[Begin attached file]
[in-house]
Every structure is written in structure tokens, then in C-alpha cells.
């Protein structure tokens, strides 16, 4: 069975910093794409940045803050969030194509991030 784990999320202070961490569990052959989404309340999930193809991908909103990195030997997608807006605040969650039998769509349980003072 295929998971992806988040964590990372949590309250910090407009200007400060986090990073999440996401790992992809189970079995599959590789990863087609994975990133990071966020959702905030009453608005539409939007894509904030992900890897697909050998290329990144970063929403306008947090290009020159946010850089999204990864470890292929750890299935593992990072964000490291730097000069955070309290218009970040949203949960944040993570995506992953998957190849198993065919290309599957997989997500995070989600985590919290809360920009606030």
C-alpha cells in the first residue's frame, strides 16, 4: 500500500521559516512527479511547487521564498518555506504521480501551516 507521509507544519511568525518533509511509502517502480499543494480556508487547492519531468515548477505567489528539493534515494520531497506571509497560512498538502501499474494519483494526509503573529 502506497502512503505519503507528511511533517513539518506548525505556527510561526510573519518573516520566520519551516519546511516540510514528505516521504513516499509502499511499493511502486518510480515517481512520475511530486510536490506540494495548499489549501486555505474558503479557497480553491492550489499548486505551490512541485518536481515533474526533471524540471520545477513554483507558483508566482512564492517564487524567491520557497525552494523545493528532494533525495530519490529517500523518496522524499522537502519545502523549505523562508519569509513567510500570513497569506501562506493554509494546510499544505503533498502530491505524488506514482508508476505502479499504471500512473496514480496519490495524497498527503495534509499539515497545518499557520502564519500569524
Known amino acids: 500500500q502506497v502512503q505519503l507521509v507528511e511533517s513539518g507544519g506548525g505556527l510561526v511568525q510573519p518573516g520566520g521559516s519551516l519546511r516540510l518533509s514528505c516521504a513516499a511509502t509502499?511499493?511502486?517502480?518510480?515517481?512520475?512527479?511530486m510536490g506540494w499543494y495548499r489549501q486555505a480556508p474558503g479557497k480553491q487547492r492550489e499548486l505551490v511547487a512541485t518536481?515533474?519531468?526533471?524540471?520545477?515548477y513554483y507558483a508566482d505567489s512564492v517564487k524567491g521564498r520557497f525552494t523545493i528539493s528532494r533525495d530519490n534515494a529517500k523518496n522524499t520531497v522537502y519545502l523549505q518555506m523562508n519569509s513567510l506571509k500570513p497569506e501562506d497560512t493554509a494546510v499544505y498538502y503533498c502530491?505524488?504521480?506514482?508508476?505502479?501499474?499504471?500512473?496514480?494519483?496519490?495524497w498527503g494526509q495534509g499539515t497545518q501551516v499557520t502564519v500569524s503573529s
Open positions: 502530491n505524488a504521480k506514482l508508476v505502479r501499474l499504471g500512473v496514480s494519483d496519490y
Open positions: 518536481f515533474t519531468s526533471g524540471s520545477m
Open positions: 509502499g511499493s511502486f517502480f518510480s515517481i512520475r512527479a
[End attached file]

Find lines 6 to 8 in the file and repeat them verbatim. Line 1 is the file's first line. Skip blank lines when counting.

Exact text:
Open positions: 502530491n505524488a504521480k506514482l508508476v505502479r501499474l499504471g500512473v496514480s494519483d496519490y
Open positions: 518536481f515533474t519531468s526533471g524540471s520545477m
Open positions: 509502499g511499493s511502486f517502480f518510480s515517481i512520475r512527479a